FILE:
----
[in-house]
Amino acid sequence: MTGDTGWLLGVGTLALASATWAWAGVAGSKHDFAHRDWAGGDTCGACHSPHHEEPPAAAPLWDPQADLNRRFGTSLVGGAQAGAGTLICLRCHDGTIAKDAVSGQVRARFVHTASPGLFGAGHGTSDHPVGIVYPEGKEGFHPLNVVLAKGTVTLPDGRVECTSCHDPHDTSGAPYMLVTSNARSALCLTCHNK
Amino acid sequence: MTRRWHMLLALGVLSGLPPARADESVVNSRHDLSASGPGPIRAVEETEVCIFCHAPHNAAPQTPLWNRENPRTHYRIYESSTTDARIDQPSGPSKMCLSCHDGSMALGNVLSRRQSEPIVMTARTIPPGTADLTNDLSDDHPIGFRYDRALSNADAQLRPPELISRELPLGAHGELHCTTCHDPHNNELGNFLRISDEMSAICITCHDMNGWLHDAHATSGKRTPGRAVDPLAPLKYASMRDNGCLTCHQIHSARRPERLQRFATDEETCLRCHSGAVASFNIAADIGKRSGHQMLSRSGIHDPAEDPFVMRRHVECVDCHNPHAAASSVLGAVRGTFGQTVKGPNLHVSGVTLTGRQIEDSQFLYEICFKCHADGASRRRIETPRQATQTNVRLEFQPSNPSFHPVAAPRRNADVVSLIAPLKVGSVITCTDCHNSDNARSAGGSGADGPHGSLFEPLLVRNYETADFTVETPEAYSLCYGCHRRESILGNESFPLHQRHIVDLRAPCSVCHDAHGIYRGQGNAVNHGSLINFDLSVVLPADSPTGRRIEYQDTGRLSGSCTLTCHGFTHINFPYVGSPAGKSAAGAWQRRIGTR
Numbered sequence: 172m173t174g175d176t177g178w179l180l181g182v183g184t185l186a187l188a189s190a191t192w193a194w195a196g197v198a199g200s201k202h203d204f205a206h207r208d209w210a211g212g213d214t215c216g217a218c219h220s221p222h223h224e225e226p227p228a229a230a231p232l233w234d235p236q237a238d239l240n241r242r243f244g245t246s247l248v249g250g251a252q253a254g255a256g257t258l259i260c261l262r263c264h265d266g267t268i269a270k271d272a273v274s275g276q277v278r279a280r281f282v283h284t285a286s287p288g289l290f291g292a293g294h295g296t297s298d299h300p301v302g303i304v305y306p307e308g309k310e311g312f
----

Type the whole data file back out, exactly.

[in-house]
Amino acid sequence: MTGDTGWLLGVGTLALASATWAWAGVAGSKHDFAHRDWAGGDTCGACHSPHHEEPPAAAPLWDPQADLNRRFGTSLVGGAQAGAGTLICLRCHDGTIAKDAVSGQVRARFVHTASPGLFGAGHGTSDHPVGIVYPEGKEGFHPLNVVLAKGTVTLPDGRVECTSCHDPHDTSGAPYMLVTSNARSALCLTCHNK
Amino acid sequence: MTRRWHMLLALGVLSGLPPARADESVVNSRHDLSASGPGPIRAVEETEVCIFCHAPHNAAPQTPLWNRENPRTHYRIYESSTTDARIDQPSGPSKMCLSCHDGSMALGNVLSRRQSEPIVMTARTIPPGTADLTNDLSDDHPIGFRYDRALSNADAQLRPPELISRELPLGAHGELHCTTCHDPHNNELGNFLRISDEMSAICITCHDMNGWLHDAHATSGKRTPGRAVDPLAPLKYASMRDNGCLTCHQIHSARRPERLQRFATDEETCLRCHSGAVASFNIAADIGKRSGHQMLSRSGIHDPAEDPFVMRRHVECVDCHNPHAAASSVLGAVRGTFGQTVKGPNLHVSGVTLTGRQIEDSQFLYEICFKCHADGASRRRIETPRQATQTNVRLEFQPSNPSFHPVAAPRRNADVVSLIAPLKVGSVITCTDCHNSDNARSAGGSGADGPHGSLFEPLLVRNYETADFTVETPEAYSLCYGCHRRESILGNESFPLHQRHIVDLRAPCSVCHDAHGIYRGQGNAVNHGSLINFDLSVVLPADSPTGRRIEYQDTGRLSGSCTLTCHGFTHINFPYVGSPAGKSAAGAWQRRIGTR
Numbered sequence: 172m173t174g175d176t177g178w179l180l181g182v183g184t185l186a187l188a189s190a191t192w193a194w195a196g197v198a199g200s201k202h203d204f205a206h207r208d209w210a211g212g213d214t215c216g217a218c219h220s221p222h223h224e225e226p227p228a229a230a231p232l233w234d235p236q237a238d239l240n241r242r243f244g245t246s247l248v249g250g251a252q253a254g255a256g257t258l259i260c261l262r263c264h265d266g267t268i269a270k271d272a273v274s275g276q277v278r279a280r281f282v283h284t285a286s287p288g289l290f291g292a293g294h295g296t297s298d299h300p301v302g303i304v305y306p307e308g309k310e311g312f